1. Weight Loss – This is probably the #1 New Year’s Resolution. Unless you have a critical health condition that demands you shed some pounds, a better idea may be to simply resolve to make healthier food choices. One of the key ways to do this is to surround yourself and your family with healthy options to expose them to nutritious foods. The more involved your family is in planning and cooking healthy meals, the more likely they are to eat them, so try planning a weekly family menu together. When shopping, stick to the outside aisles at the grocery store where you find fresh fruits and veggies, and stay out of the center aisles where all of the processed foods live. Try to resist the temptation to buy Johnny’s favorite cookies, or Dad’s diet soda and opt for healthier options instead. You can make these changes incrementally so that it doesn’t feel so much like an exercise in deprivation.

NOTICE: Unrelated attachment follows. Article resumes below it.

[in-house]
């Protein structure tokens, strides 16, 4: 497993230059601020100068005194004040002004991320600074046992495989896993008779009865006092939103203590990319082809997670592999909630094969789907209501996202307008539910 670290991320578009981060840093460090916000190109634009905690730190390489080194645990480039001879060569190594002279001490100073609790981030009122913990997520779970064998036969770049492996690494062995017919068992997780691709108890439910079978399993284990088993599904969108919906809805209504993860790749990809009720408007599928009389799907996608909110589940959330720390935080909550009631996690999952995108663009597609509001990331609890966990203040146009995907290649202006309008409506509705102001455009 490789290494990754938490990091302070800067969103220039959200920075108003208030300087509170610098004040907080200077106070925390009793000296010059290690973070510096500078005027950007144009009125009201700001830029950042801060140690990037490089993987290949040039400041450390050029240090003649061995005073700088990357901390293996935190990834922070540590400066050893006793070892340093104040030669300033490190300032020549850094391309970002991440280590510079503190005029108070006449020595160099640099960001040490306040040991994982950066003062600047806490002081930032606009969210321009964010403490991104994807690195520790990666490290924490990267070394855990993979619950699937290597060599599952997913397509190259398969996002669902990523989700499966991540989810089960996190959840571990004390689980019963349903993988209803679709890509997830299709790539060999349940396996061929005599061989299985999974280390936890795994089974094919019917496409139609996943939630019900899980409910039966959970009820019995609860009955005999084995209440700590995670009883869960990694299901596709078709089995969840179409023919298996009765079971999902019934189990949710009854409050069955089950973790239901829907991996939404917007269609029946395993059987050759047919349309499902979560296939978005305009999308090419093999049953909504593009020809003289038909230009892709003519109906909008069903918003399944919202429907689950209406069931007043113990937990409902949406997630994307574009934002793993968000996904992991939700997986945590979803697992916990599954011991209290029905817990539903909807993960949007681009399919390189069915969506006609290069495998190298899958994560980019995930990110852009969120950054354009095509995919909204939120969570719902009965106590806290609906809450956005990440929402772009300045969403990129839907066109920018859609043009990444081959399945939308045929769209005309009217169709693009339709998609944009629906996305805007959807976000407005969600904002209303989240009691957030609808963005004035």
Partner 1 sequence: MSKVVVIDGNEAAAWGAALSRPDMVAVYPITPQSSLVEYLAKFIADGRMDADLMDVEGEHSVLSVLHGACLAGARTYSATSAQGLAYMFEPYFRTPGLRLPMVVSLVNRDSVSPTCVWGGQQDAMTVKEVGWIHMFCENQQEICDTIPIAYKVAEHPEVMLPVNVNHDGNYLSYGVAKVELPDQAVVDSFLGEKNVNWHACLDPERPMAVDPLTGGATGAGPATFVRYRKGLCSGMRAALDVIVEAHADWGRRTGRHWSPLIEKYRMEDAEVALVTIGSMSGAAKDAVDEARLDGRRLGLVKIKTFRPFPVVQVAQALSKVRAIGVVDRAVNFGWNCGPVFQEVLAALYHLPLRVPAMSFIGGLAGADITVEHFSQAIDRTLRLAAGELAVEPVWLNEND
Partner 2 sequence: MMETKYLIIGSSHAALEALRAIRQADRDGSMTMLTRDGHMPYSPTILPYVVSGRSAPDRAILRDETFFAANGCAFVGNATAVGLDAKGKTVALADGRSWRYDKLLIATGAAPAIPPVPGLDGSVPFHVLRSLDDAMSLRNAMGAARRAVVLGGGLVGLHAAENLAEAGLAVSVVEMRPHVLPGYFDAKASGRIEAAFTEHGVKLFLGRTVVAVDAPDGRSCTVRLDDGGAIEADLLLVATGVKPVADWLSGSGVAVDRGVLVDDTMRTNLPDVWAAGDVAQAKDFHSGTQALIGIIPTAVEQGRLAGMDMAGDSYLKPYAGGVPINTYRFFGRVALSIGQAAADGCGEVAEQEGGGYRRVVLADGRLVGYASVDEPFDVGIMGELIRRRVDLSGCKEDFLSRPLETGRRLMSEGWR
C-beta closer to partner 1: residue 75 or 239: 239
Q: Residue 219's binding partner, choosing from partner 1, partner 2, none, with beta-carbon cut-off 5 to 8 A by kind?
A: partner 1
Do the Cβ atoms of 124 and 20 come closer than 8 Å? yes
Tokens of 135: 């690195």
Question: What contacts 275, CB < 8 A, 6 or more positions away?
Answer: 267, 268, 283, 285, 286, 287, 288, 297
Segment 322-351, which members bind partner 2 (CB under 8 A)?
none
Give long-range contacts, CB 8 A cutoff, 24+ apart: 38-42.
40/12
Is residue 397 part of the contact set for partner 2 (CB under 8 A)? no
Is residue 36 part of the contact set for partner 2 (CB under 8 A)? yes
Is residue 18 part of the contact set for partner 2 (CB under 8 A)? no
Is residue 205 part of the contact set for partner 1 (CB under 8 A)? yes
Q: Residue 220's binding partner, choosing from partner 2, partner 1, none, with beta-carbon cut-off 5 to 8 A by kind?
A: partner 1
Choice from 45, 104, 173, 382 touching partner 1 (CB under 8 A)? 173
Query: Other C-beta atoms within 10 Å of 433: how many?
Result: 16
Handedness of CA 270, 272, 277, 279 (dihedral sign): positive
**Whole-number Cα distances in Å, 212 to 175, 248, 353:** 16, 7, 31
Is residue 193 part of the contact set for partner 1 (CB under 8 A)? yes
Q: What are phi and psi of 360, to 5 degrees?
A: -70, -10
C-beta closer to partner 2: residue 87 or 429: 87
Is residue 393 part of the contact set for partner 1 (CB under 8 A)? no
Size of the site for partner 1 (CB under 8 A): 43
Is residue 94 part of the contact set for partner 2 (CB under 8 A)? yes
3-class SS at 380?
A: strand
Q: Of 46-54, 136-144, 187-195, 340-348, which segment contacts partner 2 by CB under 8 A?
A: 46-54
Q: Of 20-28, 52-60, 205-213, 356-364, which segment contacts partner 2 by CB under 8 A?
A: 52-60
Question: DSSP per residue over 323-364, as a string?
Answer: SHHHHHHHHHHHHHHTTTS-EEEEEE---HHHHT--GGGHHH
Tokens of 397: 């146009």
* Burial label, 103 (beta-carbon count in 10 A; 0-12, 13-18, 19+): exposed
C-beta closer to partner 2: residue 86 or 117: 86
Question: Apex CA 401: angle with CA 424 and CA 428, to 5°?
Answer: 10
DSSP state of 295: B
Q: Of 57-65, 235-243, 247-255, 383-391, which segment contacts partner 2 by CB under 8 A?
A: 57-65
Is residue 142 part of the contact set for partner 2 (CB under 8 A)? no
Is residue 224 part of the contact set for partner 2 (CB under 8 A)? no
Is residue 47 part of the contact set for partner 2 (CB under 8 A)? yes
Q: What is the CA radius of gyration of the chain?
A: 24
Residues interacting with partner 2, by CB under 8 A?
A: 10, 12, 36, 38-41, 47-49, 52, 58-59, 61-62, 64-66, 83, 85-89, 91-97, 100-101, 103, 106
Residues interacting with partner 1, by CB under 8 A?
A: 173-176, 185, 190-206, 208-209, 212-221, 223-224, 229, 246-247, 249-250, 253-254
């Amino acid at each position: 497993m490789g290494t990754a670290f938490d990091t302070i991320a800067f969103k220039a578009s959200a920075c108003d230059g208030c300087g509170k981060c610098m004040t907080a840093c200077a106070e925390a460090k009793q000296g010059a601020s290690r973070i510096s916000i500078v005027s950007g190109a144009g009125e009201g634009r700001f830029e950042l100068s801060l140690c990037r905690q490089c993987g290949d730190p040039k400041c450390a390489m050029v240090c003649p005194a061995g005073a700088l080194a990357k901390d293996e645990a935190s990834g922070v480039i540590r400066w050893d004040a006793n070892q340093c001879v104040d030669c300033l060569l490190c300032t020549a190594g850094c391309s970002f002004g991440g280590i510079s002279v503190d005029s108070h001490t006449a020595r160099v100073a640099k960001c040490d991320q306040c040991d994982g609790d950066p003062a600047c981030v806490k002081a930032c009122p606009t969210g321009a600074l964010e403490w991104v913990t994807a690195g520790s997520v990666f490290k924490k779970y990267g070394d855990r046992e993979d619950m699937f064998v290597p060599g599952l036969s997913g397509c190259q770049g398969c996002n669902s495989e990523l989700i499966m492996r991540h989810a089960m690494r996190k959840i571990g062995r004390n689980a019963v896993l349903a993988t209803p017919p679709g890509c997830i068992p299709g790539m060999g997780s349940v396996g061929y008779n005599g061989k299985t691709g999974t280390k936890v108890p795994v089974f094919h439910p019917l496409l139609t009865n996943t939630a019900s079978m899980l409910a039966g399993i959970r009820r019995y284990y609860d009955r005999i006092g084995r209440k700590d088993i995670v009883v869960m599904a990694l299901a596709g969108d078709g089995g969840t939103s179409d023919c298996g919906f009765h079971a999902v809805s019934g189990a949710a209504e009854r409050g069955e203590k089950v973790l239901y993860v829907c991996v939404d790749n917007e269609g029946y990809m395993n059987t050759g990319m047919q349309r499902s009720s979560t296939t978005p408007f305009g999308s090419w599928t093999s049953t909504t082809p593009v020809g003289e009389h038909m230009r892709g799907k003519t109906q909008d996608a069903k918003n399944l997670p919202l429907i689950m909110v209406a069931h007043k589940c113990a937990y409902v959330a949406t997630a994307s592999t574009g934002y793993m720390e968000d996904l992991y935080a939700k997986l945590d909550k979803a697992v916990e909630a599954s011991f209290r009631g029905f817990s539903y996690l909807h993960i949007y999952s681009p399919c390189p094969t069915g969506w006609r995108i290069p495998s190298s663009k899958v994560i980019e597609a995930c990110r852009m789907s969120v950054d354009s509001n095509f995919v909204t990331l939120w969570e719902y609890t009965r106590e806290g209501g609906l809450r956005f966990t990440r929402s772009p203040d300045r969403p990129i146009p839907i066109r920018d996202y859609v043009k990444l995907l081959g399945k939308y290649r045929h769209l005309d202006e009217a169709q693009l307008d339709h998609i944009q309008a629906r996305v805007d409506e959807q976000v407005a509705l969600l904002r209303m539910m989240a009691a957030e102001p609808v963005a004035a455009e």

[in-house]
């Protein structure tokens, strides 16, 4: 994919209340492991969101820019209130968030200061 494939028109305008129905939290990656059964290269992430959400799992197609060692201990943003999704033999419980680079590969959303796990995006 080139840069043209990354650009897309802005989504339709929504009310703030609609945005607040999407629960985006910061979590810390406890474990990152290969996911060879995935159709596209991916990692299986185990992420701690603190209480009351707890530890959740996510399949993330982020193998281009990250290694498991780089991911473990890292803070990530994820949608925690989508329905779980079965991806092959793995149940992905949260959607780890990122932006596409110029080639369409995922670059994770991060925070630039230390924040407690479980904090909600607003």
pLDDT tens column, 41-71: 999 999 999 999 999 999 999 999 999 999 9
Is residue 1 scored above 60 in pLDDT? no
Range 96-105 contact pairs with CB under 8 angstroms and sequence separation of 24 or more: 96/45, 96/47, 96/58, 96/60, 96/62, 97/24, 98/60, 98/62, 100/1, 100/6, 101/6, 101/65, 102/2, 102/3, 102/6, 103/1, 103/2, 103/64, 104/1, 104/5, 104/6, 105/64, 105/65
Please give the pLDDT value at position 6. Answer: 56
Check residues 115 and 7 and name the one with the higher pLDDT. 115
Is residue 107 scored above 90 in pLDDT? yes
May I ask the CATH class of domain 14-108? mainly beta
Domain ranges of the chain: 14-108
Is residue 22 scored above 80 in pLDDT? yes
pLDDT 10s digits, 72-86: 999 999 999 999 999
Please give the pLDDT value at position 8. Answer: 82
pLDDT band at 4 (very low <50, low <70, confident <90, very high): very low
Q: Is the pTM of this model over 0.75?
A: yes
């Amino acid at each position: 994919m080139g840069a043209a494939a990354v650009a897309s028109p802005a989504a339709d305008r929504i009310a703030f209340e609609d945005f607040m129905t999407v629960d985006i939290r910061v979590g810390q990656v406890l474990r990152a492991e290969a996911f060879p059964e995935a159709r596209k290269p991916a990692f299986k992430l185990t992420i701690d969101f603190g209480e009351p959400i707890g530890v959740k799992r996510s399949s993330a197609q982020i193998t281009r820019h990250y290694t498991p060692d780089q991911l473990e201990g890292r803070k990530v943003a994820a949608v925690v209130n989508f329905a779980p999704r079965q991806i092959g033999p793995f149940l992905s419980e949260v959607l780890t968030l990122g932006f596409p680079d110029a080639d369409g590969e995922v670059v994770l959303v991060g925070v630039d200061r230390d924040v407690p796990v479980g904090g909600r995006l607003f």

If your current health situation (or someone you care about) requires shedding some pounds in the new year, then check out my Weight Loss Gift Basket that you can give to someone or to yourself. Continue reading
I am so excited to announce the launch of a new program at Balanced Energy Wellness. This program is specifically designed to help patients suffering with Fibromyalgia, Chronic Fatigue and Chronic Pain. It is an evidence-based program that targets eight separate, overlapping causes of Fibromyalgia, Chronic Fatigue and Pain, and is designed to heal the body in stages for lasting results.
The Fibro-Fatigue program uses a combination of therapies such as Acupuncture, Herbal Medicine, Diet Therapy, Breathing Exercises and Qigong/Movement Therapy. In addition to treatments and education, I’ll provide one-on-one guidance with a focus on self-care to keep patients actively engaged in their healing process.
Results from the program can include:
- Improved sleep
- Less pain
- Better digestion
- Stabilized emotions
- More energy
- Improved quality of life
Whether it’s you or your best friend that is struggling to find lasting relief from fibromyalgia, chronic fatigue or chronic pain, this program offers a path towards improved health. I have been working with a team of other acupuncturists, doctors, and herbalists from around the world on this program, and I’m super excited to offer these treatments to our community.
For more information about this program, please go here . I am also happy to speak with you personally to answer any questions to might have.